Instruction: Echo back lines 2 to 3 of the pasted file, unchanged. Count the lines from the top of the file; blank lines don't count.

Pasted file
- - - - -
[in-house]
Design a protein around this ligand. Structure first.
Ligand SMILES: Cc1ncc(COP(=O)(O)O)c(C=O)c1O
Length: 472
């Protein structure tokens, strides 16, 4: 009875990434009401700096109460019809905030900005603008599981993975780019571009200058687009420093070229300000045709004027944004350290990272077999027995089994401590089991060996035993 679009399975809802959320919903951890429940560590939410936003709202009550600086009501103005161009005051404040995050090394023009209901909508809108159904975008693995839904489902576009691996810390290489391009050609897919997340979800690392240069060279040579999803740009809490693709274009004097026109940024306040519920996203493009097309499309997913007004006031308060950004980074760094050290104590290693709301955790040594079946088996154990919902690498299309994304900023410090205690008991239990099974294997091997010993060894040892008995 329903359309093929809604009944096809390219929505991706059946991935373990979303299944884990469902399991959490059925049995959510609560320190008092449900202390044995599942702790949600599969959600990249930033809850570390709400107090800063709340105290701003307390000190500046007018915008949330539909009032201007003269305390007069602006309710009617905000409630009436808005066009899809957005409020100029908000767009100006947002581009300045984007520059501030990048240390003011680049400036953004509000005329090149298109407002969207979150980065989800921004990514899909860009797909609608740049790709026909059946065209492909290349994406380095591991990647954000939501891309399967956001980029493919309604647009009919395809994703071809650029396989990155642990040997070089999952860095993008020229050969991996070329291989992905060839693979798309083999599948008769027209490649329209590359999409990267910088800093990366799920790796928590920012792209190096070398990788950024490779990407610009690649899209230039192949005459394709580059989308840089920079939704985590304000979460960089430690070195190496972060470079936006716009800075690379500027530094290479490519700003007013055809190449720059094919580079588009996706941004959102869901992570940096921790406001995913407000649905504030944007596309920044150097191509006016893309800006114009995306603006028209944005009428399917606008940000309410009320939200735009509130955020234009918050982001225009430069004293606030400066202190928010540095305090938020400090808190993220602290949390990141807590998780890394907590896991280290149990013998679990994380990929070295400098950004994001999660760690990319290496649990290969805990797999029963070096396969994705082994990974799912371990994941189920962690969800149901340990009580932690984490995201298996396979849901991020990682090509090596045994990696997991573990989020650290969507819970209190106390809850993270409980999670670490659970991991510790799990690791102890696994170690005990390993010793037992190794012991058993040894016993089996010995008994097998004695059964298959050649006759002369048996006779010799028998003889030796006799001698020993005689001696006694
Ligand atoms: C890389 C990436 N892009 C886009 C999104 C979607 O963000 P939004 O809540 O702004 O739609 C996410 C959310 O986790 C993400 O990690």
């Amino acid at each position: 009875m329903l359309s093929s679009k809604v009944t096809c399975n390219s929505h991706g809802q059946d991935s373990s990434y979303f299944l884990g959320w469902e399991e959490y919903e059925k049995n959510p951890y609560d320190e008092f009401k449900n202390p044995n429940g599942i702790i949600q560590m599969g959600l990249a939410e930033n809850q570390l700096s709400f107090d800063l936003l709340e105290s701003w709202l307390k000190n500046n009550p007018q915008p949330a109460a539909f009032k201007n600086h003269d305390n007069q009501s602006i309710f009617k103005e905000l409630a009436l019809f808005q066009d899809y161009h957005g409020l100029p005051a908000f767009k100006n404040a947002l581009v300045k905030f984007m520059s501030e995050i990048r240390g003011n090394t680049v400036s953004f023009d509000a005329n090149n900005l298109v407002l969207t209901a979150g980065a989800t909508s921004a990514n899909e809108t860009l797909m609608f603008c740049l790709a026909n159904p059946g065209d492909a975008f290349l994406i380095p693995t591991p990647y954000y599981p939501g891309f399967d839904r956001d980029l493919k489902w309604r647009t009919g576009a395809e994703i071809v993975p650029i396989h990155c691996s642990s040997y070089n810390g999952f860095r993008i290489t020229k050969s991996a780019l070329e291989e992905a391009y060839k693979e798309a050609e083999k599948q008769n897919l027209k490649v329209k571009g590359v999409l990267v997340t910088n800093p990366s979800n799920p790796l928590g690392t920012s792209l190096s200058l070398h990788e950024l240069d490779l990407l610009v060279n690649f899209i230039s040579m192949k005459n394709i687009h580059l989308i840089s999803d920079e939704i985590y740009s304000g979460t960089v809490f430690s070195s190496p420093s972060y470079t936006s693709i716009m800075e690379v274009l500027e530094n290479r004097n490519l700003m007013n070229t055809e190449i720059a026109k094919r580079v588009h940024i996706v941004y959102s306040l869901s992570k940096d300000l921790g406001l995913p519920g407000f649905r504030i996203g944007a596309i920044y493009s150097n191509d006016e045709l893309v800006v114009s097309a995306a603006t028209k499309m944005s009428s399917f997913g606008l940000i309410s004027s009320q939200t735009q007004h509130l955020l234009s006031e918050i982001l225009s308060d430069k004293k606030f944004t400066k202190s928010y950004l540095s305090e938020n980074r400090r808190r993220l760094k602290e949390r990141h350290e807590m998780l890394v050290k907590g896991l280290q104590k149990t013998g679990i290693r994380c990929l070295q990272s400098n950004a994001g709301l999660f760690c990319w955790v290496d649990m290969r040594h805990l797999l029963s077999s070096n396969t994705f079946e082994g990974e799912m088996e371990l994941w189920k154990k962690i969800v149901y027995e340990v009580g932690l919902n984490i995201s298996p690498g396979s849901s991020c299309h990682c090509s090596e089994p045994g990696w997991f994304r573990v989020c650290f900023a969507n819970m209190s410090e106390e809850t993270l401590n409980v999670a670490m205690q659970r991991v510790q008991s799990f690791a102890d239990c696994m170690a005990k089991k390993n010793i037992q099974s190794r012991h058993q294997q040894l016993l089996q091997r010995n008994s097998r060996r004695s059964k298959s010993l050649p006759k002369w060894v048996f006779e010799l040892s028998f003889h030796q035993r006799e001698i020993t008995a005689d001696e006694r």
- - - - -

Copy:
Design a protein around this ligand. Structure first.
Ligand SMILES: Cc1ncc(COP(=O)(O)O)c(C=O)c1O